Sun blasts biggest solar flare in 4 years, causes minor radio blackout on earth
The enormous solar flare, which appeared overnight, and disappeared even faster, can be seen emerging from the sun's upper right limb in a video released by Nasa
The sun blasted the biggest solar flare since 2017 causing cosmic fireworks, and even a minor radio blackout on earth, ahead of July 4, according to reports. The solar flare appeared from a sunspot called AR2838 and it was also classified as an X-1 class sun event, they said.
In a video released by the National Aeronautics and Space Administration (Nasa), the enormous flare can be seen emerging from the sun's upper right limb. According to US Space Weather Prediction Centre (SWPC) officials, the sunspot developed overnight.
Space weather watcher and astronomer Dr Tony Phillips said that the sunspot appeared just like a cloudless day turning quickly stormy. “Yesterday it did not even exist, highlighting the unpredictability of solar activity,” he wrote at Spaceweather.com. “More flares may be in the offing…,” he added.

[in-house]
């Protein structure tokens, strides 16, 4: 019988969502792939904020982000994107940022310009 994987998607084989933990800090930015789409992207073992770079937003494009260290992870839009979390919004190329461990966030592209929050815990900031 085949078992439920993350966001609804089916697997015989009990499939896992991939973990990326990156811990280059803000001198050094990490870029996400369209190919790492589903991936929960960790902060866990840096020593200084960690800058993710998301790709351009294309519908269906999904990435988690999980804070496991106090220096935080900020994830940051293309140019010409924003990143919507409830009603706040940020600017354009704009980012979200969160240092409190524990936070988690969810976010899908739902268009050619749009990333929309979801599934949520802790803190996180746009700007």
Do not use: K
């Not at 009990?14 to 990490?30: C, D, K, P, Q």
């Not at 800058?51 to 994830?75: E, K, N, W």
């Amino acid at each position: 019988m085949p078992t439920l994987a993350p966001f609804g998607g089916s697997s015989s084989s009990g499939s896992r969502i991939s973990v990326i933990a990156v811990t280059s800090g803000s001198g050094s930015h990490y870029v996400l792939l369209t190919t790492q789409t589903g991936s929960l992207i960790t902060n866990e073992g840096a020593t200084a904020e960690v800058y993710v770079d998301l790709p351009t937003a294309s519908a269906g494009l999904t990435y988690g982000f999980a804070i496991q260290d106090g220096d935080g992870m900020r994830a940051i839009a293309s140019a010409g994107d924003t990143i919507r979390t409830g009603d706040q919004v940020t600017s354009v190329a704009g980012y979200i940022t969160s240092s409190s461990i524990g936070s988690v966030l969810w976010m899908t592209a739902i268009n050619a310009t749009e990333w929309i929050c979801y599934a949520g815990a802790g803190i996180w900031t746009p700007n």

What is a solar flare?
Nasa suggests that a solar flare is an “intense burst of radiation coming from the release of magnetic energy associated with sunspots.” They said that flares are the solar system’s largest explosive events and can be seen as “bright areas on the sun,” lasting from a few minutes to even hours. The primary method of monitoring flares is in x-rays and optical light. Besides, flares are sites where particles, including electrons, protons, and heavier particles are accelerated.
What does an X-ray brightness of a solar flare mean?
The categorisation of solar flares includes A, B, C, M or X--A being the smallest and X being the brightest and largest. Therefore, Saturday’s solar flare was the first X flare blasted off by the sun since a new solar cycle commenced in December 2019, according to a Forbes report.
In the past, the report further stated, strong solar flares and coronal mass ejections (CMEs) have generated widespread power outages and communications blackouts on earth and the satellites in space.
Where is the solar flare now?
Media reports suggested that the sunspot AR2838 disappeared as fast as it appeared in the first place. On July 4, the sunspot moved to the sun’s northwestern limb, and it will move the far side of the star in the coming two weeks, Optic Flux reported.